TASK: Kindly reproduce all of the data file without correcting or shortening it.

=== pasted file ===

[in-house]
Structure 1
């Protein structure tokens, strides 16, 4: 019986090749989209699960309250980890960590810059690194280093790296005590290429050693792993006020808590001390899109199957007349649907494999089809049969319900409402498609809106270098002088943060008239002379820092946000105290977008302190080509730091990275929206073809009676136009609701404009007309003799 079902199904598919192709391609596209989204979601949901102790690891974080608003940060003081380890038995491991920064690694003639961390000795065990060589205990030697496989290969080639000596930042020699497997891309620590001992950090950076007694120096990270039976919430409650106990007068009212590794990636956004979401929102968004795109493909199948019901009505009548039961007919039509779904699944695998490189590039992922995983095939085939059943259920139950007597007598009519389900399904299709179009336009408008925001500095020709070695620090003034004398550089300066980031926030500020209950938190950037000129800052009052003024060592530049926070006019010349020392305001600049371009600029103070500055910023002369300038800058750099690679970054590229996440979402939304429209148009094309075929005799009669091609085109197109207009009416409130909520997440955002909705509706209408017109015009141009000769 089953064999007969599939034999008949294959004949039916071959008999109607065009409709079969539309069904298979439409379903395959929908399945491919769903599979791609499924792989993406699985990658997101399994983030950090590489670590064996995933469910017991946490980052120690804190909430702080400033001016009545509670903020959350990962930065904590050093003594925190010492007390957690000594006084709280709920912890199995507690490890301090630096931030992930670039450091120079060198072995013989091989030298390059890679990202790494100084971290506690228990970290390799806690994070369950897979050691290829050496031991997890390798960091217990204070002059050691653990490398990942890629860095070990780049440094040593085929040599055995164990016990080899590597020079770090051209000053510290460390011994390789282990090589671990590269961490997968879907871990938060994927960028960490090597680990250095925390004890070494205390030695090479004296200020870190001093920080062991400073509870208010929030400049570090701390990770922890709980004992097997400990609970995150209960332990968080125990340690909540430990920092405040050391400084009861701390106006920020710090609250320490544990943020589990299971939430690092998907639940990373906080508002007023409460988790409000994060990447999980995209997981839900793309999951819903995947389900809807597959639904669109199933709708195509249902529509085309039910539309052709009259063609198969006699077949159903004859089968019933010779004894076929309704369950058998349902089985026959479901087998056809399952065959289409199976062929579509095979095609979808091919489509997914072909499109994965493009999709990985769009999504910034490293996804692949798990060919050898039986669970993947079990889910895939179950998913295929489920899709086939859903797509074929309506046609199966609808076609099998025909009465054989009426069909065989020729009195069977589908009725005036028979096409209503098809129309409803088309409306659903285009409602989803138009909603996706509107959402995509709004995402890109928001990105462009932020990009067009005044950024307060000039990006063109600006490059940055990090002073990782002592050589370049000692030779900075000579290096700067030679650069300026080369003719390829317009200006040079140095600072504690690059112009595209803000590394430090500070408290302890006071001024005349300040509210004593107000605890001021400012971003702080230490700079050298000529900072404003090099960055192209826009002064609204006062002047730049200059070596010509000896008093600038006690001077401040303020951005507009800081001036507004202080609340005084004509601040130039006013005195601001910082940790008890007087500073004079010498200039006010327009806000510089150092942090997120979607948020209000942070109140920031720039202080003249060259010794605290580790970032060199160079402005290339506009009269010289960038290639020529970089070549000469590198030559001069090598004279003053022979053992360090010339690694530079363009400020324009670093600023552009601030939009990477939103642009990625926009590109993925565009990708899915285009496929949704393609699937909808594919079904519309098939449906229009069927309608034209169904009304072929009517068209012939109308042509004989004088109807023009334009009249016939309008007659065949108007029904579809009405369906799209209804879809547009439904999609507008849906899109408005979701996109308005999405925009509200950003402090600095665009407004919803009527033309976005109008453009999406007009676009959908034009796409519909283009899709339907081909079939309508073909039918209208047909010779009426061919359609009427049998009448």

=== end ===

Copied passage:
[in-house]
Structure 1
């Protein structure tokens, strides 16, 4: 019986090749989209699960309250980890960590810059690194280093790296005590290429050693792993006020808590001390899109199957007349649907494999089809049969319900409402498609809106270098002088943060008239002379820092946000105290977008302190080509730091990275929206073809009676136009609701404009007309003799 079902199904598919192709391609596209989204979601949901102790690891974080608003940060003081380890038995491991920064690694003639961390000795065990060589205990030697496989290969080639000596930042020699497997891309620590001992950090950076007694120096990270039976919430409650106990007068009212590794990636956004979401929102968004795109493909199948019901009505009548039961007919039509779904699944695998490189590039992922995983095939085939059943259920139950007597007598009519389900399904299709179009336009408008925001500095020709070695620090003034004398550089300066980031926030500020209950938190950037000129800052009052003024060592530049926070006019010349020392305001600049371009600029103070500055910023002369300038800058750099690679970054590229996440979402939304429209148009094309075929005799009669091609085109197109207009009416409130909520997440955002909705509706209408017109015009141009000769 089953064999007969599939034999008949294959004949039916071959008999109607065009409709079969539309069904298979439409379903395959929908399945491919769903599979791609499924792989993406699985990658997101399994983030950090590489670590064996995933469910017991946490980052120690804190909430702080400033001016009545509670903020959350990962930065904590050093003594925190010492007390957690000594006084709280709920912890199995507690490890301090630096931030992930670039450091120079060198072995013989091989030298390059890679990202790494100084971290506690228990970290390799806690994070369950897979050691290829050496031991997890390798960091217990204070002059050691653990490398990942890629860095070990780049440094040593085929040599055995164990016990080899590597020079770090051209000053510290460390011994390789282990090589671990590269961490997968879907871990938060994927960028960490090597680990250095925390004890070494205390030695090479004296200020870190001093920080062991400073509870208010929030400049570090701390990770922890709980004992097997400990609970995150209960332990968080125990340690909540430990920092405040050391400084009861701390106006920020710090609250320490544990943020589990299971939430690092998907639940990373906080508002007023409460988790409000994060990447999980995209997981839900793309999951819903995947389900809807597959639904669109199933709708195509249902529509085309039910539309052709009259063609198969006699077949159903004859089968019933010779004894076929309704369950058998349902089985026959479901087998056809399952065959289409199976062929579509095979095609979808091919489509997914072909499109994965493009999709990985769009999504910034490293996804692949798990060919050898039986669970993947079990889910895939179950998913295929489920899709086939859903797509074929309506046609199966609808076609099998025909009465054989009426069909065989020729009195069977589908009725005036028979096409209503098809129309409803088309409306659903285009409602989803138009909603996706509107959402995509709004995402890109928001990105462009932020990009067009005044950024307060000039990006063109600006490059940055990090002073990782002592050589370049000692030779900075000579290096700067030679650069300026080369003719390829317009200006040079140095600072504690690059112009595209803000590394430090500070408290302890006071001024005349300040509210004593107000605890001021400012971003702080230490700079050298000529900072404003090099960055192209826009002064609204006062002047730049200059070596010509000896008093600038006690001077401040303020951005507009800081001036507004202080609340005084004509601040130039006013005195601001910082940790008890007087500073004079010498200039006010327009806000510089150092942090997120979607948020209000942070109140920031720039202080003249060259010794605290580790970032060199160079402005290339506009009269010289960038290639020529970089070549000469590198030559001069090598004279003053022979053992360090010339690694530079363009400020324009670093600023552009601030939009990477939103642009990625926009590109993925565009990708899915285009496929949704393609699937909808594919079904519309098939449906229009069927309608034209169904009304072929009517068209012939109308042509004989004088109807023009334009009249016939309008007659065949108007029904579809009405369906799209209804879809547009439904999609507008849906899109408005979701996109308005999405925009509200950003402090600095665009407004919803009527033309976005109008453009999406007009676009959908034009796409519909283009899709339907081909079939309508073909039918209208047909010779009426061919359609009427049998009448």